[0091] Accordingly, the dual-function edge interferometer 2220 represents an integrated optical circuit for interferometrically redirecting an optical signal from propagation in a first direction on a first waveguide coming from the first optical component 2206, to propagation in a second direction on a second waveguide leading to the third optical component 2208, the second direction being approximately opposite the first direction. The second waveguide is separated from the first waveguide by less than a minimum bending radius corresponding to the material system of the substrate 2204 upon which the integrated optical circuit is formed. The integrated optical circuit comprises an optical coupler 2222 having an input coupled to the first waveguide, an output coupled to the second waveguide, a first intermediate port, and a second intermediate port. The integrated optical circuit further comprises a first reflective surface 2228 formed on a first edge of the substrate, a first interferometer arm 2224 coupled between the first intermediate port and the first reflective surface, a second reflective surface 2230 formed on a second edge of the substrate, and a second interferometer arm 2226 coupled between the second intermediate port and the second reflective surface. The first and second substrate edges are positioned with respect to the optical coupler such that an effective path length of said first interferometer arm differs from an effective path length of said first interferometer arm by a predetermined amount corresponding to a desired interferometric time delay τ. The first and second substrate edges form a step-like indentation along a major edge of the substrate, i.e. the right edge of the substrate 2204 in FIG. 22.

[0092] Whereas many alterations and modifications of the present invention will no doubt become apparent to a person of ordinary skill in the art after having read the foregoing description, it is to be understood that the particular embodiments shown and described by way of illustration are in no way intended to be considered limiting. For example, in another preferred embodiment, the phase modulators used may comprise semiconductor optical amplifiers (SOA) configured using known methods to achieve phase modulation. As another example, while the phase modulators supra are described as being driven by electrical driving signals, any of a variety of devices capable of phase modulation may be used, including devices that may be driven by electrical, mechanical, acoustical, optical, or other types of driving signals. As another example, while the substrate edges containing the mirrors of the dual-function edge interferometer of FIG. 22 are shown as being parallel, any of a variety of mirror orientations and/or waveguide configurations may be used to achieve the required interferometer arm path differences, including those described in U.S. Pat. No. 6,104,847, which is incorporated by reference herein. Therefore, reference to the details of the preferred embodiments are not intended to limit their scope, which is limited only by the scope of the claims set forth below.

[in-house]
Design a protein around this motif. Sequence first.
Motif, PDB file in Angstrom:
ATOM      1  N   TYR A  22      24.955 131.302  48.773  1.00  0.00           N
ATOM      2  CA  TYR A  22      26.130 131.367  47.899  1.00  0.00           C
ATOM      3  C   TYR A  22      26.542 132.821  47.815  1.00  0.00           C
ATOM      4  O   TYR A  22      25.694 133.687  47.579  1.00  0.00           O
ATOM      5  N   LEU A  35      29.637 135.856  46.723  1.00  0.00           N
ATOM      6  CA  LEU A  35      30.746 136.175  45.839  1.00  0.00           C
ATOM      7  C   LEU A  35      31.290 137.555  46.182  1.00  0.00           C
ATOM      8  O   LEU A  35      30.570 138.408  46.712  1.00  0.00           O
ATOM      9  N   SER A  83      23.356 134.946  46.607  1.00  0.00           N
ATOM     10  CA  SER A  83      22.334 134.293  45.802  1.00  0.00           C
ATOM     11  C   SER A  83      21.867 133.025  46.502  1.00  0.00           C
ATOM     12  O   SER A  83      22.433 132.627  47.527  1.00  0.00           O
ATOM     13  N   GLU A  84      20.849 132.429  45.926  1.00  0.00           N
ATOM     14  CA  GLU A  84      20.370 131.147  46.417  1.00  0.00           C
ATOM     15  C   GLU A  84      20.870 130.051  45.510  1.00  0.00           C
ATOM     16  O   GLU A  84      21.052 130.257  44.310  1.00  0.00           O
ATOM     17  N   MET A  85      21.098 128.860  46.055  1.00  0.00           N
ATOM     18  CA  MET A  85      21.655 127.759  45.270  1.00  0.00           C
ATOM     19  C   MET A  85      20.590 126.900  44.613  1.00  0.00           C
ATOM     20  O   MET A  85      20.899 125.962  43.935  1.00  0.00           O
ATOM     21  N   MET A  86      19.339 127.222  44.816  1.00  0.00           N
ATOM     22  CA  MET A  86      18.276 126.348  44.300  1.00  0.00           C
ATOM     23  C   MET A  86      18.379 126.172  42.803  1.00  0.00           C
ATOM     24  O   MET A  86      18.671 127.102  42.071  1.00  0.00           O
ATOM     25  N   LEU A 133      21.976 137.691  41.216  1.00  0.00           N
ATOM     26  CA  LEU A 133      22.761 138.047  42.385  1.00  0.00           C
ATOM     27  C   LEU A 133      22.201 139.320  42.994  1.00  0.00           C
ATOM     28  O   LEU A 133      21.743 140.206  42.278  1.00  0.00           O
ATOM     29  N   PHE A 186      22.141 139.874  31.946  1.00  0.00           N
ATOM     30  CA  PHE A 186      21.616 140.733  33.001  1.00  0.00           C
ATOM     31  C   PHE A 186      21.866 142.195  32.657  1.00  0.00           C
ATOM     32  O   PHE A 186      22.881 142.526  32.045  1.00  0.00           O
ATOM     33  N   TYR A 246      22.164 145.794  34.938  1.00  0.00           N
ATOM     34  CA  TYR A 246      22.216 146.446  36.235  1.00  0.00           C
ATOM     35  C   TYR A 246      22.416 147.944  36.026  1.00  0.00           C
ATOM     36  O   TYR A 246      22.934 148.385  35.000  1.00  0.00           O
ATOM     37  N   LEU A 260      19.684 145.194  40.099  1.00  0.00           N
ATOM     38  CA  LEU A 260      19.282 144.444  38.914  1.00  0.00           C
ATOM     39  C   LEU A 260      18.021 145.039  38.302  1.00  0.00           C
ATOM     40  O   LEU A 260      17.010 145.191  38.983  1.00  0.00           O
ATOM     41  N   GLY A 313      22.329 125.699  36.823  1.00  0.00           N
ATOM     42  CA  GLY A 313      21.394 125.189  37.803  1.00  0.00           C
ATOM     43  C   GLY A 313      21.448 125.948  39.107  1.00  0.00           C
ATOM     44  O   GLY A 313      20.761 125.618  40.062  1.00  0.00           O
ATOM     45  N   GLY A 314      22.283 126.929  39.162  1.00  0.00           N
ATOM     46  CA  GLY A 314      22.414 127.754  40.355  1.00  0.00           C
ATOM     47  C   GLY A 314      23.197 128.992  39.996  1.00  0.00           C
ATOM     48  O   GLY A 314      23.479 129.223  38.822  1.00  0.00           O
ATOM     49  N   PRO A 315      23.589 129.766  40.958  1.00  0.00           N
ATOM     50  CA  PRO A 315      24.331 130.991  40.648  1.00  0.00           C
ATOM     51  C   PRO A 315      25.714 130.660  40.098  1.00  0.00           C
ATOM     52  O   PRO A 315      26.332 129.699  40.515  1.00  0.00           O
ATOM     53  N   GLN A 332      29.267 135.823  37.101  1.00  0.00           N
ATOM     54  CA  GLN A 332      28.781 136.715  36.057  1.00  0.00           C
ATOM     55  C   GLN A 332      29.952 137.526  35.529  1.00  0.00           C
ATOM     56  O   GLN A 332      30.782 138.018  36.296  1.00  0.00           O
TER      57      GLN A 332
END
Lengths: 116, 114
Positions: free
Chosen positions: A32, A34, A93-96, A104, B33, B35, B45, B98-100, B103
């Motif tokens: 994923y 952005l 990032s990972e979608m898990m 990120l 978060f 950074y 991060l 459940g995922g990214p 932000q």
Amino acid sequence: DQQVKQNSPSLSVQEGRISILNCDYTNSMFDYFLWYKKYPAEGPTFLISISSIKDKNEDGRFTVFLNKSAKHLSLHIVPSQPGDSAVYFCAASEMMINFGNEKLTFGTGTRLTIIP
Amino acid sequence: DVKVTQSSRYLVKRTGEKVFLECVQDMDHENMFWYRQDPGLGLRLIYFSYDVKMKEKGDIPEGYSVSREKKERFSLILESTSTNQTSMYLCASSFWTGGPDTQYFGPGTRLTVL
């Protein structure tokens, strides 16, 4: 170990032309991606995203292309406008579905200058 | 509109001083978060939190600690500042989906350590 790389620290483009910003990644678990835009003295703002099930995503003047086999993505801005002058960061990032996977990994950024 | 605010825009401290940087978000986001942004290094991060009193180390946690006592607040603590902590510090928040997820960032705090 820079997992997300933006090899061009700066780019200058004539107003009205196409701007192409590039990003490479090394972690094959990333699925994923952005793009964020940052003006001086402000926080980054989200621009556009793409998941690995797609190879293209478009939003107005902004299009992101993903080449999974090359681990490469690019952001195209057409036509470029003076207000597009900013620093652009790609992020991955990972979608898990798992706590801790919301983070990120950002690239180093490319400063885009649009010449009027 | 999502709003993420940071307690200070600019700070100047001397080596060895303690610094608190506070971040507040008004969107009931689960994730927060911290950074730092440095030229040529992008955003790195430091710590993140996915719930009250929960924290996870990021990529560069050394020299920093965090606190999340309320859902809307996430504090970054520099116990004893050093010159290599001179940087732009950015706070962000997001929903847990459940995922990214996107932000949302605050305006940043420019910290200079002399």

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Classifications
U.S. Classification398/185
International ClassificationH04B10/155, G02F1/21
Cooperative ClassificationG02F2001/212, H04B10/508, G02F2203/70
European ClassificationH04B10/508
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Owner name: GAZILLION BITS, INC., CALIFORNIA
Free format text: ASSIGNMENT OF ASSIGNORS INTEREST;ASSIGNORS:WEI, HAIQING;ELREFAIE, ALY F.;XUE, XIN;AND OTHERS;REEL/FRAME:013298/0678
Effective date: 20010114